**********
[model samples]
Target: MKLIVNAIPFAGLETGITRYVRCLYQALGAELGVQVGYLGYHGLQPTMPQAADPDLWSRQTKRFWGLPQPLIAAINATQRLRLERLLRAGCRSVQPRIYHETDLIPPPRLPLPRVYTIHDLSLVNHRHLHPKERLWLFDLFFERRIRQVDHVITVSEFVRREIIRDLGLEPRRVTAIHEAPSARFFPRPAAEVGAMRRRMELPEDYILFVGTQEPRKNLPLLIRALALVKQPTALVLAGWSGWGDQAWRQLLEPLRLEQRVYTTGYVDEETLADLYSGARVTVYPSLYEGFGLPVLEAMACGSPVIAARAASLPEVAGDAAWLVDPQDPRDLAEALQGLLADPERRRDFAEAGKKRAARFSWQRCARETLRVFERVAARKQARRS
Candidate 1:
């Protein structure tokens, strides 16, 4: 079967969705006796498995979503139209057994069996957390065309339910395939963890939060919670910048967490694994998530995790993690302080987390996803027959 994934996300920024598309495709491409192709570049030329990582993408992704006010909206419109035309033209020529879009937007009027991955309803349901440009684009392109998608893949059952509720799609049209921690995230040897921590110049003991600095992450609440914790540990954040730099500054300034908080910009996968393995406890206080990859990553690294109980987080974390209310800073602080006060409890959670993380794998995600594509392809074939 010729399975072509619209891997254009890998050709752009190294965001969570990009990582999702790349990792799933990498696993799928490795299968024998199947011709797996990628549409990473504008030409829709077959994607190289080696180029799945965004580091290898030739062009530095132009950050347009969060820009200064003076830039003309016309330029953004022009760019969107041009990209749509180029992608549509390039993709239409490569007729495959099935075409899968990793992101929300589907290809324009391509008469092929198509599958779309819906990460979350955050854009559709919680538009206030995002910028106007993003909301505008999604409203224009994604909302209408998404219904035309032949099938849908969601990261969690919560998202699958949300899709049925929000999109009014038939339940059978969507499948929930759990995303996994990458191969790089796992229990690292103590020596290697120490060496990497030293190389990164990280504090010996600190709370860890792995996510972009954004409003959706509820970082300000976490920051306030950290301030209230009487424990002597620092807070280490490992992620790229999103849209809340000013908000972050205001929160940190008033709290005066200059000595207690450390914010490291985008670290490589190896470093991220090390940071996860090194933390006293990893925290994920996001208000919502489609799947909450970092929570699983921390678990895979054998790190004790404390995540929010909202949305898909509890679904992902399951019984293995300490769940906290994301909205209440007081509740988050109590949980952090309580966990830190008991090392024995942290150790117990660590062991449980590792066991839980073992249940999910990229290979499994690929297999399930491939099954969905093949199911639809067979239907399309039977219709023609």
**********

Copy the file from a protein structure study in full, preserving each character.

[model samples]
Target: MKLIVNAIPFAGLETGITRYVRCLYQALGAELGVQVGYLGYHGLQPTMPQAADPDLWSRQTKRFWGLPQPLIAAINATQRLRLERLLRAGCRSVQPRIYHETDLIPPPRLPLPRVYTIHDLSLVNHRHLHPKERLWLFDLFFERRIRQVDHVITVSEFVRREIIRDLGLEPRRVTAIHEAPSARFFPRPAAEVGAMRRRMELPEDYILFVGTQEPRKNLPLLIRALALVKQPTALVLAGWSGWGDQAWRQLLEPLRLEQRVYTTGYVDEETLADLYSGARVTVYPSLYEGFGLPVLEAMACGSPVIAARAASLPEVAGDAAWLVDPQDPRDLAEALQGLLADPERRRDFAEAGKKRAARFSWQRCARETLRVFERVAARKQARRS
Candidate 1:
């Protein structure tokens, strides 16, 4: 079967969705006796498995979503139209057994069996957390065309339910395939963890939060919670910048967490694994998530995790993690302080987390996803027959 994934996300920024598309495709491409192709570049030329990582993408992704006010909206419109035309033209020529879009937007009027991955309803349901440009684009392109998608893949059952509720799609049209921690995230040897921590110049003991600095992450609440914790540990954040730099500054300034908080910009996968393995406890206080990859990553690294109980987080974390209310800073602080006060409890959670993380794998995600594509392809074939 010729399975072509619209891997254009890998050709752009190294965001969570990009990582999702790349990792799933990498696993799928490795299968024998199947011709797996990628549409990473504008030409829709077959994607190289080696180029799945965004580091290898030739062009530095132009950050347009969060820009200064003076830039003309016309330029953004022009760019969107041009990209749509180029992608549509390039993709239409490569007729495959099935075409899968990793992101929300589907290809324009391509008469092929198509599958779309819906990460979350955050854009559709919680538009206030995002910028106007993003909301505008999604409203224009994604909302209408998404219904035309032949099938849908969601990261969690919560998202699958949300899709049925929000999109009014038939339940059978969507499948929930759990995303996994990458191969790089796992229990690292103590020596290697120490060496990497030293190389990164990280504090010996600190709370860890792995996510972009954004409003959706509820970082300000976490920051306030950290301030209230009487424990002597620092807070280490490992992620790229999103849209809340000013908000972050205001929160940190008033709290005066200059000595207690450390914010490291985008670290490589190896470093991220090390940071996860090194933390006293990893925290994920996001208000919502489609799947909450970092929570699983921390678990895979054998790190004790404390995540929010909202949305898909509890679904992902399951019984293995300490769940906290994301909205209440007081509740988050109590949980952090309580966990830190008991090392024995942290150790117990660590062991449980590792066991839980073992249940999910990229290979499994690929297999399930491939099954969905093949199911639809067979239907399309039977219709023609």